Christian Hujer commented
This is really sad. I wish that Microsoft would revise this decision.
First, let me say what I mean with Linux support. Whether it runs in a native app or in the browser, I don't mind. All I want is that when I use Linux as a developer, as I do, that I am fully enabled to use all Teams features, including audio and video conferencing and screen sharing. Whether that's native or in the browser, I couldn't care less.
As long as Teams does not support Linux, I will tell all my peers and during my talks on conferences when it comes to collaboration topics that people should stay away from Teams. The freedom of choice of operating system is important, there will always be good developers who want to use Linux for good reasons. And in 2018, with so much power in the browser, I do not see any reason why this should not be possible. Competitors like Slack or Google show that it's possible to bring audio conferencing, video conferencing, and screen sharing via the browser in Linux.
Therefore, I hope that Microsoft will revise that decision and bring a full Teams experience to Linux.
P.S.: This forum software is stupid, it disables resizing of textareas.
And this is how you lose the battle.
This item was the only hope to switch from Slack, but now everyone will just say "nope, they don't support Linux". You can tell people a thousand times that the web version is very usable, but that's not how people think.
I cannot imagine that building a Elektron app for Linux is that hard... but now that this thing got declined, that's it for our company with the product. It's a shame since I think it's the better team solution, but if not everyone of our team feels welcome, then it's nothing for us.
+1 company that will move to slack
There wasn't even any consultation for this issue? Microsoft, Mac and PC are NOT the only operating systems out there. Linux, which you have recently put so much effort behind, is not rejected which is a farce. You want people to support your solutions yet, you only ever go "half way" when you provide them. How about this, release products when they are 100% viable for all platforms, not 2/3rds. Slack will gain so much from this because once again, you have rejected a user group to which slack supports all. Absolute madness.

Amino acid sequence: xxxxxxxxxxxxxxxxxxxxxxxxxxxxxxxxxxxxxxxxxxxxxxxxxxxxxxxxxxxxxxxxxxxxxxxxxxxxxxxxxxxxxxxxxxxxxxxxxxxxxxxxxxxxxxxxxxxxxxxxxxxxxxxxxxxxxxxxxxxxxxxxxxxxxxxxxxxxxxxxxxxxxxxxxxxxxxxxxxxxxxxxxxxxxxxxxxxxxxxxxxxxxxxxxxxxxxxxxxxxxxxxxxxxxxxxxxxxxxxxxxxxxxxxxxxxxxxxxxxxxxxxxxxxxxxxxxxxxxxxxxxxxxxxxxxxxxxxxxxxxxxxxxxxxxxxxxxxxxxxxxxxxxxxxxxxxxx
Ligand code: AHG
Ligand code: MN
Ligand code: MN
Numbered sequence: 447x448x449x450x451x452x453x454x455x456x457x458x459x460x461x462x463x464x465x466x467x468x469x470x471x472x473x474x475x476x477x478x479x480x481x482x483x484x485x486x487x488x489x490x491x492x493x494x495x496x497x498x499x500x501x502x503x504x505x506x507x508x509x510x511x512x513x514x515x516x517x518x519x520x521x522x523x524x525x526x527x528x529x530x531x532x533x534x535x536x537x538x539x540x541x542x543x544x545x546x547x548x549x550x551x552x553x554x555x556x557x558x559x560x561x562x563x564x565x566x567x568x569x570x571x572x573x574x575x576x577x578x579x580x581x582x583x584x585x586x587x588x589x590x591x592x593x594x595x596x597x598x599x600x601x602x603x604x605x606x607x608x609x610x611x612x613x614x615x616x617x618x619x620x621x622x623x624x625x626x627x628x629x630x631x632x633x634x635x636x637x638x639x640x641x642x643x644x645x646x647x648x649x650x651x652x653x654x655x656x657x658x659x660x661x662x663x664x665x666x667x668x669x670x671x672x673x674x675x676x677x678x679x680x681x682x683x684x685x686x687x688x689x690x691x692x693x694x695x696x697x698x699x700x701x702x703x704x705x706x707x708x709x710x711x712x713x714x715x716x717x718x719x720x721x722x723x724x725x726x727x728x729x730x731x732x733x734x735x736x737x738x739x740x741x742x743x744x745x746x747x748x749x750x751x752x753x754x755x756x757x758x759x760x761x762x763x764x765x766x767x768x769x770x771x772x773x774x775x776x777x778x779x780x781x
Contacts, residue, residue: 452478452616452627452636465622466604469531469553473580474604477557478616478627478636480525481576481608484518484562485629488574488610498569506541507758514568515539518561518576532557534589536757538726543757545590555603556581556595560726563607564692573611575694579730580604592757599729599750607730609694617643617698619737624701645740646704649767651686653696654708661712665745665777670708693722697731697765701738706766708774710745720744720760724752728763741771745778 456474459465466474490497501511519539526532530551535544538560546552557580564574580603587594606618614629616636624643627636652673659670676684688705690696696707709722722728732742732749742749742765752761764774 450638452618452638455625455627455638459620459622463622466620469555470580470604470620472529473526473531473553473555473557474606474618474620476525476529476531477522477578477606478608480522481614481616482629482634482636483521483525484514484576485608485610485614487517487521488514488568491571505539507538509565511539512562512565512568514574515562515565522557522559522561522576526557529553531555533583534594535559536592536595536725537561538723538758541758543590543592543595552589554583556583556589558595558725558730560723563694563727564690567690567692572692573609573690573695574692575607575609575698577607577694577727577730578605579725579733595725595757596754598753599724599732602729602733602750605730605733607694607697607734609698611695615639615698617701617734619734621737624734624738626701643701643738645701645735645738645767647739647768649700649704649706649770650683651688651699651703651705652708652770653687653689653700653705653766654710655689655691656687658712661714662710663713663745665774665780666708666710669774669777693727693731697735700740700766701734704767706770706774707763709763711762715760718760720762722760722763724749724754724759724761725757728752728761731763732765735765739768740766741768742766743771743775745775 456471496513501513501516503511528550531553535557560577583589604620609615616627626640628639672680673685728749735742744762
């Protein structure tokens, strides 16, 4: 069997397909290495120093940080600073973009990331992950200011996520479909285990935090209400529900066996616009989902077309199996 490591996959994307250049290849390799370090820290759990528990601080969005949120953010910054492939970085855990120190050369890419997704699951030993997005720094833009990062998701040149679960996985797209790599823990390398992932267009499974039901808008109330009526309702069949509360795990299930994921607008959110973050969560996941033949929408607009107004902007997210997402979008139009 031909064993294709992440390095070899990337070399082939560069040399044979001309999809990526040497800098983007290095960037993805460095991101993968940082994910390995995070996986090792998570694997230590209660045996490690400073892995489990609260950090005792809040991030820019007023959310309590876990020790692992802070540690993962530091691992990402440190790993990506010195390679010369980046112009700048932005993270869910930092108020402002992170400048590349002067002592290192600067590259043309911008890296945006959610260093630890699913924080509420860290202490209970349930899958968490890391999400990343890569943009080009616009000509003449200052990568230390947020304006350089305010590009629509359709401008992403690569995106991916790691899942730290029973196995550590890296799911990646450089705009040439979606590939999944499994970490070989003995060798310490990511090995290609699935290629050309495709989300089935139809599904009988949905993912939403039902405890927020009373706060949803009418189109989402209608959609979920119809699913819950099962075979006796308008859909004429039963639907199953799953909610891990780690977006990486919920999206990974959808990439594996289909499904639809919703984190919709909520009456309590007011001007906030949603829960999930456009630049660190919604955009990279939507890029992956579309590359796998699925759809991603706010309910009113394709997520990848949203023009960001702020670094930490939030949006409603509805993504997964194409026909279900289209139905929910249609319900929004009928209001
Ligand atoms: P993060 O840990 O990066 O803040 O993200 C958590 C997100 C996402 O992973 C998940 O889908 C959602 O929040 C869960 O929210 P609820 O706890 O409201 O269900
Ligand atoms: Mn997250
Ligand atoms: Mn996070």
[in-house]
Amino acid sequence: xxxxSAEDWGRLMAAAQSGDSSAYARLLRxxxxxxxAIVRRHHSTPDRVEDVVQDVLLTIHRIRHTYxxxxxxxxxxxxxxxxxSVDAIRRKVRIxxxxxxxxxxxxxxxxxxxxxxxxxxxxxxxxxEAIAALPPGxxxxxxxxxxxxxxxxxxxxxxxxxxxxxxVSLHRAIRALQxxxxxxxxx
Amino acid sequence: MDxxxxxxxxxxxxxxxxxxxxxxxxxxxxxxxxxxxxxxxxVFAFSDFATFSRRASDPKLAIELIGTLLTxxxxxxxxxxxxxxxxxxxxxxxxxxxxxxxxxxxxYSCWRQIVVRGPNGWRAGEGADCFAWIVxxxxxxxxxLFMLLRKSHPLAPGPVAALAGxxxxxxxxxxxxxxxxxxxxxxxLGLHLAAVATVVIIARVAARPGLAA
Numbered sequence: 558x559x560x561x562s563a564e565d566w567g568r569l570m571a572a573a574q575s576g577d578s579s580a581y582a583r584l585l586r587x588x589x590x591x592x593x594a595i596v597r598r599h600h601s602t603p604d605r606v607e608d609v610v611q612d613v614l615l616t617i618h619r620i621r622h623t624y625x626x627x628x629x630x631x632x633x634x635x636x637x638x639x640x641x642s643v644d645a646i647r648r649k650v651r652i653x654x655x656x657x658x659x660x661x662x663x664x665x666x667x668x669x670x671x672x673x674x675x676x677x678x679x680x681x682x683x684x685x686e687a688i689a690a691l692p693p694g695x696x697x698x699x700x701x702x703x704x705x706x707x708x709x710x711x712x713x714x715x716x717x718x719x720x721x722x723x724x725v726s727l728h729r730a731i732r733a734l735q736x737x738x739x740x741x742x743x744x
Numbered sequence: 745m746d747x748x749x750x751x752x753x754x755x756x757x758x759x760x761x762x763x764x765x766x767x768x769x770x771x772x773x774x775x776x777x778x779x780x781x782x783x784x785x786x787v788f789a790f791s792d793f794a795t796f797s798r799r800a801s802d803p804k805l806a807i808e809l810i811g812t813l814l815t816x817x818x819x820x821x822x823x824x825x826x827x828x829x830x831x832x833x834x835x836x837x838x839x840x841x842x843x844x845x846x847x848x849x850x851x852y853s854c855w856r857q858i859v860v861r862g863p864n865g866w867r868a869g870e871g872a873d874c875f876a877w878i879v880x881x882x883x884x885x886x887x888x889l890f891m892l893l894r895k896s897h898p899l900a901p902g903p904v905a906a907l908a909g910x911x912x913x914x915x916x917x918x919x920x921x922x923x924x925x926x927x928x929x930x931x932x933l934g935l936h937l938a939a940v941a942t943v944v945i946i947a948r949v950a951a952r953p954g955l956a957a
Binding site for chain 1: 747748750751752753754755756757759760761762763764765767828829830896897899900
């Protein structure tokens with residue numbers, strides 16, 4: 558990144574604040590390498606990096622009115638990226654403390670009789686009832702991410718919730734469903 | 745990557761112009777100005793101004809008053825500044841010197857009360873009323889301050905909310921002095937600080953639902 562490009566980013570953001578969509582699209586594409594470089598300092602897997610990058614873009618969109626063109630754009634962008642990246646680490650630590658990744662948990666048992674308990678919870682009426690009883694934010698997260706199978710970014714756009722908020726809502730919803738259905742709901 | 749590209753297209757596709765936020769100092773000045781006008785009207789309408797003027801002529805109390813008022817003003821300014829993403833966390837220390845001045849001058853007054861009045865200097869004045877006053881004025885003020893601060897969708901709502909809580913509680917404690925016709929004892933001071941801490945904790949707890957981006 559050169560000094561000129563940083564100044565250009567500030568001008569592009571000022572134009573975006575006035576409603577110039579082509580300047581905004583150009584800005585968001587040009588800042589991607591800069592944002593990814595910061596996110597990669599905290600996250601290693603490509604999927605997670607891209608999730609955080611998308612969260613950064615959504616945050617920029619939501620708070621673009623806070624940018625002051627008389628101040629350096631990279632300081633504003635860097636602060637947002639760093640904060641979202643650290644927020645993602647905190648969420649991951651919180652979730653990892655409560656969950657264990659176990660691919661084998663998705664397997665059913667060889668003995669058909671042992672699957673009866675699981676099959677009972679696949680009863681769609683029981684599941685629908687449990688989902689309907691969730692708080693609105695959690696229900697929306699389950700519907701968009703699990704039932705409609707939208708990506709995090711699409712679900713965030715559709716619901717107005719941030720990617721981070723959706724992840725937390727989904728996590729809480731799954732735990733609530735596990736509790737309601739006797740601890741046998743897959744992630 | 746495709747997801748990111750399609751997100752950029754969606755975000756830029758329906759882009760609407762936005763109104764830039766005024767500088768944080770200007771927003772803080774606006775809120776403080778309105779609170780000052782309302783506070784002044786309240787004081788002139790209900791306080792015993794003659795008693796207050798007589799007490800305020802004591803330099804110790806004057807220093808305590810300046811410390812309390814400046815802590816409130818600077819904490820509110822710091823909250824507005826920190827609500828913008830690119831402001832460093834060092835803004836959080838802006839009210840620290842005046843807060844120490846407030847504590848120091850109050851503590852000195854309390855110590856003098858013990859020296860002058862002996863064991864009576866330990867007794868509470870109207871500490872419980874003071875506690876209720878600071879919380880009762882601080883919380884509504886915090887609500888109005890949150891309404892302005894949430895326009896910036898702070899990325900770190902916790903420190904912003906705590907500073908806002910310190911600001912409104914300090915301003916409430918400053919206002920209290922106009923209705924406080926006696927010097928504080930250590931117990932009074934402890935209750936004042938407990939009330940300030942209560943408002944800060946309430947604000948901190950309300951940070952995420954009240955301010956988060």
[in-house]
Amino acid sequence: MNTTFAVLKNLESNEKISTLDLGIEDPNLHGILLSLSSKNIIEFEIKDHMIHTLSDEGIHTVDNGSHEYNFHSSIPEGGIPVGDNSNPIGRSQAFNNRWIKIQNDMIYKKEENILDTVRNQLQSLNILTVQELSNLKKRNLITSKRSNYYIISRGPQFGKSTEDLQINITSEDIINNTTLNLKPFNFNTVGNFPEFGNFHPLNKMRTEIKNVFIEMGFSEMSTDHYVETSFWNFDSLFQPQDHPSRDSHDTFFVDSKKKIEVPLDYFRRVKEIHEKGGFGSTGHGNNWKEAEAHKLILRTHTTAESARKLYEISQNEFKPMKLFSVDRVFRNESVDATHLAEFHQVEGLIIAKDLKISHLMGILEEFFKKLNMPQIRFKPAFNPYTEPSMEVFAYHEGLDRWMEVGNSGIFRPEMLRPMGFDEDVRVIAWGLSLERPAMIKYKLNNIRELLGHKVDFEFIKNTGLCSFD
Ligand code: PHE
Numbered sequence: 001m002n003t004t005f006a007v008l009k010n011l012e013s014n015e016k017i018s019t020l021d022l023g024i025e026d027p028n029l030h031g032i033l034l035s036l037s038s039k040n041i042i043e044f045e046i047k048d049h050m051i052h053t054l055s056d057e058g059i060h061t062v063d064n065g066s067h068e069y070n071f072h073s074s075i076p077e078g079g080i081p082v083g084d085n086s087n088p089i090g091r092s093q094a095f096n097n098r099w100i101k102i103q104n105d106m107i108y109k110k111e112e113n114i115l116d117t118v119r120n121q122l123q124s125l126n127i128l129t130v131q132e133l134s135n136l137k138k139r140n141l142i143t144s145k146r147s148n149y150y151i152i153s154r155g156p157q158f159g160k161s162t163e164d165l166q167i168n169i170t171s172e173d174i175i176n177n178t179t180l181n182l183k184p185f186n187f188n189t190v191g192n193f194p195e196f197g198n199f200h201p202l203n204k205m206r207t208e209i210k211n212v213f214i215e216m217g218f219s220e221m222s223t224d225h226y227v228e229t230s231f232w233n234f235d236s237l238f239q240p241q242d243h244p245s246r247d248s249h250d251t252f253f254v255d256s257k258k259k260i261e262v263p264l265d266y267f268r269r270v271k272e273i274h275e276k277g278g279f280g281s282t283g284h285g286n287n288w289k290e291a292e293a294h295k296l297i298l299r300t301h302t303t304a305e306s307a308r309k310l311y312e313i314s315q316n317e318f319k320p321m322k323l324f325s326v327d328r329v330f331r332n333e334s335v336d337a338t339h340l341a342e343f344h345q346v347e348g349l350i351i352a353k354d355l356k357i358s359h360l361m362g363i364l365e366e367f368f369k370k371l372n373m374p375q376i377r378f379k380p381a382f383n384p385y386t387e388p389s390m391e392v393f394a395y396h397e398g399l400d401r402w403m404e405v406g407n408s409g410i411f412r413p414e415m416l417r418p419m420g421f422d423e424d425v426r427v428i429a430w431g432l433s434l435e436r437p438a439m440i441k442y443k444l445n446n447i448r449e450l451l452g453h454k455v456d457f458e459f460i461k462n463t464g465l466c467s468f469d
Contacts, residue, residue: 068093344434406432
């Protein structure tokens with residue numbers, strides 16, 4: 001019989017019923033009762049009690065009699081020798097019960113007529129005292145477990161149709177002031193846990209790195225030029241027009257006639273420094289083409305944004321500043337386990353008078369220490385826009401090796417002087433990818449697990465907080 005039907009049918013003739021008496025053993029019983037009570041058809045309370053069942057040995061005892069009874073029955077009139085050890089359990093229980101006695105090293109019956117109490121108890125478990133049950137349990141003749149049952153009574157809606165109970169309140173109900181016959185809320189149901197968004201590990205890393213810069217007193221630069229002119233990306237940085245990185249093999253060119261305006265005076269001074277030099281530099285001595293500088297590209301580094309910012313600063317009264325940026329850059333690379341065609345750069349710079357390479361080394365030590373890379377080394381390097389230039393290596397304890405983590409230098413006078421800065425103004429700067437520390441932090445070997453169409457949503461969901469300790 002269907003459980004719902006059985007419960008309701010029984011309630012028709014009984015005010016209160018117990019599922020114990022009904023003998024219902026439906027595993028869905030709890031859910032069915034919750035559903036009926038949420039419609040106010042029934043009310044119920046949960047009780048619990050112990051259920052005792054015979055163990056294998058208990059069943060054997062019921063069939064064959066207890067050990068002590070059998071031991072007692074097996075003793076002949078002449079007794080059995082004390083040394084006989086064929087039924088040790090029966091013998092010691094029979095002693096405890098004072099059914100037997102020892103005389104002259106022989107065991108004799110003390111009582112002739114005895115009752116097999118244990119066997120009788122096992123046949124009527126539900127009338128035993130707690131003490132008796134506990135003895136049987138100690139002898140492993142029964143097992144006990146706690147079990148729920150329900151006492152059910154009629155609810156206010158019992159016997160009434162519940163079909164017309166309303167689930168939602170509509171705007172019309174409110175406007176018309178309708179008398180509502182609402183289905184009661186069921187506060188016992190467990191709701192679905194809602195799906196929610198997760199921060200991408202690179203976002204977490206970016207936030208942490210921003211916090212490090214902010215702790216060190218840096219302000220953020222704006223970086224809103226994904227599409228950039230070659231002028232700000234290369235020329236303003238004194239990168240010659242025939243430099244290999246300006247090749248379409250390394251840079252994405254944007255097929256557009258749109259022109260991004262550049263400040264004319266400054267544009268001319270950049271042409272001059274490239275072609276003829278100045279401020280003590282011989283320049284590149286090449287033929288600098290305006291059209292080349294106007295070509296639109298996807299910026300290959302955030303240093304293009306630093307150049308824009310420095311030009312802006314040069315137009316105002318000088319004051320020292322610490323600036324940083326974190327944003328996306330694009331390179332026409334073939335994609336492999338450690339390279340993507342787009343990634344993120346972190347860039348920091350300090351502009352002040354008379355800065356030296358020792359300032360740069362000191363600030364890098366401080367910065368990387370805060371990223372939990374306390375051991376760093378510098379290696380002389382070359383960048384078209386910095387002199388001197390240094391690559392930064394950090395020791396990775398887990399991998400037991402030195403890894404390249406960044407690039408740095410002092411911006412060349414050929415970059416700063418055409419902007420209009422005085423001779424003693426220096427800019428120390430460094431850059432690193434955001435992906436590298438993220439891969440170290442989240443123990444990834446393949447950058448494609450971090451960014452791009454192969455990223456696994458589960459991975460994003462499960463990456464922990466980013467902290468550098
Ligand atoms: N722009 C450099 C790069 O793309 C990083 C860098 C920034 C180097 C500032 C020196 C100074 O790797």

By this decision you've undermined the whole point of uservoice for me. This was top 5 requested feature in here. 2 years is the reason? Well check out the first page of the uservoice, all of those are nearly 2 years old.
Rene Greuel commented
This is more than ridiculous... Audio and Video chat is already working in Chrome on Linux when changing the user agent to:
"Mozilla/5.0 (Windows NT 10.0; Win64; x64) AppleWebKit/537.36 (KHTML, like Gecko) Chrome/64.0.3282.140 Safari/537.36 Edge/17.17134"
So at least allow linux users to use audio and video without hiding behind a Microsoft Edge sign. Simply add linux user-agents to the whitelist of working browser/OS combinations and add a BETA logo to it.
This concession won't devour any of your "narrow" dedicated resources.
Gaétan Collaud commented
My company tried to enforce the use of Microsoft Teams. But since some developers have Linux, we (developers) choose to use Slack instead (the free version). It works great for us. And the rest of the company can continue using teams. But it's bad for communication between teams. I'm very disappointed with this decision.